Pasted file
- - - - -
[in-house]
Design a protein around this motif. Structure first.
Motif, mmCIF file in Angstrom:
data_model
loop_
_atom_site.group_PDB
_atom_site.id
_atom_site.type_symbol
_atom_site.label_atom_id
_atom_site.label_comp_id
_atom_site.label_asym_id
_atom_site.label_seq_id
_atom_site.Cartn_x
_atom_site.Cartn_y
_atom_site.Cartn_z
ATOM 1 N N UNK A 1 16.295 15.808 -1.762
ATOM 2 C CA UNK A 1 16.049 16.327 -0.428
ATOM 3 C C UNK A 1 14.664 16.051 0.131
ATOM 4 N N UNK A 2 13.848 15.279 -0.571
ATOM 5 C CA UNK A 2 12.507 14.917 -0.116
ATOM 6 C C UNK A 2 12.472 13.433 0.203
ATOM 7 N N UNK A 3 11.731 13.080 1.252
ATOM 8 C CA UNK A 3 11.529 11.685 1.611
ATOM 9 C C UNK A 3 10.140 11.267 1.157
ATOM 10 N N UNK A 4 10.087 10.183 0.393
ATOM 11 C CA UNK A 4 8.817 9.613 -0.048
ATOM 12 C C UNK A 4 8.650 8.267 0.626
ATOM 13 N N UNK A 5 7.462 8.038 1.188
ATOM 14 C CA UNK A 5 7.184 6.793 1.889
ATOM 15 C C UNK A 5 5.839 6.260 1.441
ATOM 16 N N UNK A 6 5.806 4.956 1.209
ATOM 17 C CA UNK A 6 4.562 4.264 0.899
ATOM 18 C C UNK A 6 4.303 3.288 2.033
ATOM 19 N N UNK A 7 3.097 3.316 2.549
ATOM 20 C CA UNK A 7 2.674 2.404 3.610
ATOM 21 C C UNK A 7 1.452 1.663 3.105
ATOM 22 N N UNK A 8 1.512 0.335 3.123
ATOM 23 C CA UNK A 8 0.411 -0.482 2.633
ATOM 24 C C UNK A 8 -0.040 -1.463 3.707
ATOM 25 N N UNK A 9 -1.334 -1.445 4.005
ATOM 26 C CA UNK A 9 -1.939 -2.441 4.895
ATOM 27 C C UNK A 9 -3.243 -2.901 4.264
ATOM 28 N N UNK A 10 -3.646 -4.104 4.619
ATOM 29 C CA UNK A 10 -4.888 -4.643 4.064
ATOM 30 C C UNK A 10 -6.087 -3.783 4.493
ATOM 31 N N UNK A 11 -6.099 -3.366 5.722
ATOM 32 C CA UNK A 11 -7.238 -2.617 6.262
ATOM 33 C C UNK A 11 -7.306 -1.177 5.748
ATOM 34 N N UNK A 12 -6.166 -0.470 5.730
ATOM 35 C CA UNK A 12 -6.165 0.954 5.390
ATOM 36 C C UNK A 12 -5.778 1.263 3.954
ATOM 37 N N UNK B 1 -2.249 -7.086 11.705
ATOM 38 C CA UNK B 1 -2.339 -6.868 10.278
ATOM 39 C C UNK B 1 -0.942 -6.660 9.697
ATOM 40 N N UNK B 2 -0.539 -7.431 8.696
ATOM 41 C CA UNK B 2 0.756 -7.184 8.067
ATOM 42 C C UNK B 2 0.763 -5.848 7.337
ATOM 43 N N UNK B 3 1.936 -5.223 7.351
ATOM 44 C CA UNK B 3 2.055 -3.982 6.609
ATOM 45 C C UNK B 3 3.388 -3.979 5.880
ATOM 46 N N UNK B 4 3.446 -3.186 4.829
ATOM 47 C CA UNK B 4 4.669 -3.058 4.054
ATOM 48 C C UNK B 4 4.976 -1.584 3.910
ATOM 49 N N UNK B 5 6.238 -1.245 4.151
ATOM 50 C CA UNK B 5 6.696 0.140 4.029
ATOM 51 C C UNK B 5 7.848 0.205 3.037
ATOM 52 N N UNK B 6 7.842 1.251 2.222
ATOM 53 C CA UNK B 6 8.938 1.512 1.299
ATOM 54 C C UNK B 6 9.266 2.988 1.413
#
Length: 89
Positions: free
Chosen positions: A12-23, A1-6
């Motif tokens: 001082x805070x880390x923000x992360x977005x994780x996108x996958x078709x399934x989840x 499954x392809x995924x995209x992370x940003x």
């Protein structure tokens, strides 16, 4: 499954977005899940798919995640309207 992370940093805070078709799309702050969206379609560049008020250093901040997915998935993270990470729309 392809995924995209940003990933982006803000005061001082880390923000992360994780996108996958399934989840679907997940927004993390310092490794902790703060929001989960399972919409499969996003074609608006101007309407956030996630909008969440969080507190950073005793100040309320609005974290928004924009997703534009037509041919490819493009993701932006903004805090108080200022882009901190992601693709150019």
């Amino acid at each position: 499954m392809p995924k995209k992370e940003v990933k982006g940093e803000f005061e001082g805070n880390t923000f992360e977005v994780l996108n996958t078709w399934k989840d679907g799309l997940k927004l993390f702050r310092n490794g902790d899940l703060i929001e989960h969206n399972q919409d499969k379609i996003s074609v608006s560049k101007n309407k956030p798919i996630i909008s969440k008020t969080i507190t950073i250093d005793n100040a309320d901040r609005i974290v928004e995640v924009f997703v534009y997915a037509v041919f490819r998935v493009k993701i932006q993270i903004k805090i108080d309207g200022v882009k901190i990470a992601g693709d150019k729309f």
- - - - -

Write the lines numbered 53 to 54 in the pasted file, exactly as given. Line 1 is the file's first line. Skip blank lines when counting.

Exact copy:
ATOM 38 C CA UNK B 1 -2.339 -6.868 10.278
ATOM 39 C C UNK B 1 -0.942 -6.660 9.697